An apostate of my convictions
With eyes sewn open, body bound, and mind entombed
I am free

I am the free man
Sipping words that slither from opulent carafes
Finding contentment in disillusion
I am free

I am the free man
Sinking deeper into velveteen
Plunging hastily into scarlet comfort
I am free

I am the free man
Mixing ferocity with ivory tablets
Dulling insatiable self-loathing
I am free

I am the free man
Hearing whispers in the wind
Seeing cracks in stone pillars
Tarring rose-sequined lashes
They fear the man that proclaims
I am free
But knows it to be false


Dividing the Church and the State

One of the fundamental principles put forth by the United States Constitution is that it is important for the church and state to remain completely separate. The First Amendment is often regarded, particularly by the religious right, as a protection for religion. It, of course, does protect religion- however it also protects others from religion. It also asserts that government should not establish any one religion over another. When “strict constitutionalist” politicians like former presidential candidate Ted Cruz argue that the United States is a Christian nation, I find myself at a loss.

This post isn’t an attempt to dissuade religious people from their faith. Rather, this post seeks to set the record straight regarding religion, particularly Christianity in the United States. The Constitution isn’t based on religious tenets; in fact, many of the founders of the document were strictly secularist. Establishing a religion can create a de facto theocracy which as a governmental system has historically failed in upholding human rights. We’ve seen Christian doctrine affect laws in contemporary politics with states like North Carolina and Mississippi, and this has been the case throughout American history.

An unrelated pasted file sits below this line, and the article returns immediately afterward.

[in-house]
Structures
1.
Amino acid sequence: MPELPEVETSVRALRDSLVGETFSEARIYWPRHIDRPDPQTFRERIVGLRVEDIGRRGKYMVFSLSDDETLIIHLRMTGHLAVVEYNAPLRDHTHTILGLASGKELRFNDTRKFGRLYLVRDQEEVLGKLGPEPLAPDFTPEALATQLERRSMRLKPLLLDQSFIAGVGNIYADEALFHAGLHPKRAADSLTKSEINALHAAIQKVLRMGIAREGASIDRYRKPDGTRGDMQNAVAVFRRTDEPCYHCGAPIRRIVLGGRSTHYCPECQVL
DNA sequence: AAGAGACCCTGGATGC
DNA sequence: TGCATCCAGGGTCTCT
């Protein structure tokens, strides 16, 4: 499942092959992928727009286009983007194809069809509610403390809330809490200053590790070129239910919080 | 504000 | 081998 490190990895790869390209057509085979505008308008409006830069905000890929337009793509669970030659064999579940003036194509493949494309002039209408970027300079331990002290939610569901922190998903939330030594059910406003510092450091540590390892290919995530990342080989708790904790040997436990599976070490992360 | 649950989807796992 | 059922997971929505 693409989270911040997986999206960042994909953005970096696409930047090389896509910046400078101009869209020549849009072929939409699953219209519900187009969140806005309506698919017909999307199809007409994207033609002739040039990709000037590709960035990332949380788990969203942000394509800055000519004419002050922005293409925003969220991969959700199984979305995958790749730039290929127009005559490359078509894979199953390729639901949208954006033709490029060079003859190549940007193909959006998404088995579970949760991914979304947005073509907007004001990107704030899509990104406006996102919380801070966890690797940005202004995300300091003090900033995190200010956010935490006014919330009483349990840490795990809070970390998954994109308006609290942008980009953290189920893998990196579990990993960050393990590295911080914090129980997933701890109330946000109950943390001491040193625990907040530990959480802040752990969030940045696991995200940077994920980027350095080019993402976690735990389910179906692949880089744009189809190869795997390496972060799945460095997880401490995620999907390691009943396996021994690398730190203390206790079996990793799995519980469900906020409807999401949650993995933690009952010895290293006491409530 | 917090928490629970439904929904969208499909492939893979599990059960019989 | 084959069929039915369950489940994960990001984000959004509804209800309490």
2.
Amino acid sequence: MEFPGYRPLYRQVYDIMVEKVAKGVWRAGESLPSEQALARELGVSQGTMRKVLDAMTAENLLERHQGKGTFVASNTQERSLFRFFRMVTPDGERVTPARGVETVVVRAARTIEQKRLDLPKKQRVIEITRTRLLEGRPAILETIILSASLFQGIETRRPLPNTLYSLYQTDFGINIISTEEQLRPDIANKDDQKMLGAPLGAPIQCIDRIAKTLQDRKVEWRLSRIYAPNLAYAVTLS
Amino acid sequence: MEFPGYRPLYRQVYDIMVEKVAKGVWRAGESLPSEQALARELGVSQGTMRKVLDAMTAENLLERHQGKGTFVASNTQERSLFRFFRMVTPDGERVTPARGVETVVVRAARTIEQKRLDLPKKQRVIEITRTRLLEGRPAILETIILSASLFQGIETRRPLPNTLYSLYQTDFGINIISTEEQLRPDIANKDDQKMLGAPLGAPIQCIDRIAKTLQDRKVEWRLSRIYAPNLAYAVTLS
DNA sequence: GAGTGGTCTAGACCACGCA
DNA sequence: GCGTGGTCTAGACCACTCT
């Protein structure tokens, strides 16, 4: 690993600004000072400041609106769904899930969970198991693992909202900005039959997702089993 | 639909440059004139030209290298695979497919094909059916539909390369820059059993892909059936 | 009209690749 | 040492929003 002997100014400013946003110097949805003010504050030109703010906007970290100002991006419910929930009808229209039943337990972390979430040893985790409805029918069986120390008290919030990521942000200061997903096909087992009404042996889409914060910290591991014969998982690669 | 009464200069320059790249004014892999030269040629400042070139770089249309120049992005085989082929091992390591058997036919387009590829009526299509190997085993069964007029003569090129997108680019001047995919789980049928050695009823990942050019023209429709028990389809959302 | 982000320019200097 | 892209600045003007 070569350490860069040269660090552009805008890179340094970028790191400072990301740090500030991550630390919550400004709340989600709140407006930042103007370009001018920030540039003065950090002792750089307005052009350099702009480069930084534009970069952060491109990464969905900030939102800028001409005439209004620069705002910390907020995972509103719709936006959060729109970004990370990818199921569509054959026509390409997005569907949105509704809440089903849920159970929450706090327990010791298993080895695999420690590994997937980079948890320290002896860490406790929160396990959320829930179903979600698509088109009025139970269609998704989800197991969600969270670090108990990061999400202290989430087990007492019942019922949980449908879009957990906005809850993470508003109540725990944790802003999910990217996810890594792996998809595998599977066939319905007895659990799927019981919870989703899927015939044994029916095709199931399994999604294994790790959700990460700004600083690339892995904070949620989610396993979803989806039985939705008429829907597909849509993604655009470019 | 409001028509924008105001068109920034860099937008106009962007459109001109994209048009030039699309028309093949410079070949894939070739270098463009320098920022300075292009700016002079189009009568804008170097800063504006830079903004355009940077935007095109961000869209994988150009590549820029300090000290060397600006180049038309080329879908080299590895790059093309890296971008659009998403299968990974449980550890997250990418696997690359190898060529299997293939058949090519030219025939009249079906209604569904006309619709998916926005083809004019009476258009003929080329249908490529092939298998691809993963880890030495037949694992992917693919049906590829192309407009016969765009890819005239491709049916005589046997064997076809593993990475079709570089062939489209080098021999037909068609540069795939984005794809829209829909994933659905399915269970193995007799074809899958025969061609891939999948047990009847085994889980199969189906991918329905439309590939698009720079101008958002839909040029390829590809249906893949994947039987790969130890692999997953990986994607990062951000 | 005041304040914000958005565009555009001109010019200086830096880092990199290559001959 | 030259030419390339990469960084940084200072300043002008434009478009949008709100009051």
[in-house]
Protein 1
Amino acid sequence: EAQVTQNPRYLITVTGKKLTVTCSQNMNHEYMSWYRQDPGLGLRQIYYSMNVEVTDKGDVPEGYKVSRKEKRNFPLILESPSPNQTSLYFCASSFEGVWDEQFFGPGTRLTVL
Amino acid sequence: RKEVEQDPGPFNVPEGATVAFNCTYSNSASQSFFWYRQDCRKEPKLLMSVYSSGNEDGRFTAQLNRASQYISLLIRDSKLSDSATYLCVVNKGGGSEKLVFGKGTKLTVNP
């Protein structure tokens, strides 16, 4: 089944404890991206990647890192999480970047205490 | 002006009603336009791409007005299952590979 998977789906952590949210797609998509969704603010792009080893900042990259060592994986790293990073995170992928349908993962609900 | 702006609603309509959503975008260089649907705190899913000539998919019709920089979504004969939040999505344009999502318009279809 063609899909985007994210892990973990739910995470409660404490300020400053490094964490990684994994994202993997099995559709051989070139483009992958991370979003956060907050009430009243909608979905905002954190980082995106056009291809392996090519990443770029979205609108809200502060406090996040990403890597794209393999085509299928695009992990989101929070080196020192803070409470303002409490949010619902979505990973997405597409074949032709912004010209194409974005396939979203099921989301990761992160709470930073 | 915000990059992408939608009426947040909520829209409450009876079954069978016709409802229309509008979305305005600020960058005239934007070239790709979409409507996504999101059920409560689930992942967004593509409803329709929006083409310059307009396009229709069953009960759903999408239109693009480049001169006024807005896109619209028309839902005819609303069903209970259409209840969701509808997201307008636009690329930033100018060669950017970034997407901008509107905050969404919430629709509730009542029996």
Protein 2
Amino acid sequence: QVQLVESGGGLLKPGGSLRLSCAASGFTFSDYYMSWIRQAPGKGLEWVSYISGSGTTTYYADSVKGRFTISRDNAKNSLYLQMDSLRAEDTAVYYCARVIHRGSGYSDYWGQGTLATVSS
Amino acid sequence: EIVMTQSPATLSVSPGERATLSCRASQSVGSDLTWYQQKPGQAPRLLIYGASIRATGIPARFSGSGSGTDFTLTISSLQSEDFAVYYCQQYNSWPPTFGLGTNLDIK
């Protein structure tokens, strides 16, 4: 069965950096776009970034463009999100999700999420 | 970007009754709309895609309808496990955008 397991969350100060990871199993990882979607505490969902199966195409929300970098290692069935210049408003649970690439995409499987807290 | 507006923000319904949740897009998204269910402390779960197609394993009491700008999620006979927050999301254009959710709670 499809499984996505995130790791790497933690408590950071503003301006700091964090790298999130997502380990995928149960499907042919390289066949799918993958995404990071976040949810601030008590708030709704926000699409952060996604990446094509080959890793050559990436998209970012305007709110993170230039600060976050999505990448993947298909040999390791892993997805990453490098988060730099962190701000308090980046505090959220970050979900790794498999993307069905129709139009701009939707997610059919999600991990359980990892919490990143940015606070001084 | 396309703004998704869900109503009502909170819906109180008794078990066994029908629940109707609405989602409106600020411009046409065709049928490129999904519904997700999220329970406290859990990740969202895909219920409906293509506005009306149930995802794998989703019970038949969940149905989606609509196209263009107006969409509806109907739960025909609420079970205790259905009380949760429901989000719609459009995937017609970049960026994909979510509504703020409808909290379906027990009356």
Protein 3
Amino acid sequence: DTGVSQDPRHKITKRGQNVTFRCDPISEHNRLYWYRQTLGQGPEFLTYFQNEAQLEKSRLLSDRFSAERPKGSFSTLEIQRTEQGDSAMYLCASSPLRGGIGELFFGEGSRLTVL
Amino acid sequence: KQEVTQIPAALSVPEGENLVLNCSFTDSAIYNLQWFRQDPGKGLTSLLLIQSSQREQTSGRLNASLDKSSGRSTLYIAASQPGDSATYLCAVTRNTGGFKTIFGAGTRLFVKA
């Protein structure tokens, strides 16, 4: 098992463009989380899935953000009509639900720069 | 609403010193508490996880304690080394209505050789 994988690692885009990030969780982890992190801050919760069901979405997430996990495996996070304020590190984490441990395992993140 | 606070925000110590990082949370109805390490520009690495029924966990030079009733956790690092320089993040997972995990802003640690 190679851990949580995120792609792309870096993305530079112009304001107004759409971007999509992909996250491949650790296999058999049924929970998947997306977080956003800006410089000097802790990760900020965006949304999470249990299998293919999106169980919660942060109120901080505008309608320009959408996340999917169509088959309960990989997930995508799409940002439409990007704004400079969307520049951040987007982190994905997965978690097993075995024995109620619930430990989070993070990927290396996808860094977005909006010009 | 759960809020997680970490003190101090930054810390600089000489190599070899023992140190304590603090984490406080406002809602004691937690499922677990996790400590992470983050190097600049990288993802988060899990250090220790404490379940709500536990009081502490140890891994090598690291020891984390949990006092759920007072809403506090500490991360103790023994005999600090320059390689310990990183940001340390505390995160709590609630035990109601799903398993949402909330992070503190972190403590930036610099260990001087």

Religion is a personal value system and a communal establishment, but it shouldn’t interfere with government. Many religious groups are heavily involved in politics while churches remain tax free, religion influences policy, and political office holders are expected to be religious. It is my opinion that a true division of church and state is necessary in order to work towards true progressive values.

Pro-Blackness ≠ Anti-White

So often do I see posts that chide the Black Lives Matter movement as a “racist organization.” Whether or not you agree with the political stances of the movement, it is rather perplexing that anyone could find them to be a racist (or even terrorist, as some have suggested) hate group. I could point to the lack of a strong central leadership or the lack of violent acts being committed in the name of the group, but instead I’d like to focus on the heart of this issue. For many, it seems, pro-blackness has become synonymous with anti-white. As a child of mixed-race, someone’s who’s grown up with a black and white parent, I can say that pro-blackness isn’t inherently anti-white. There are no doubt radicals in any movement, but I would assert that this isn’t the case for most black activists.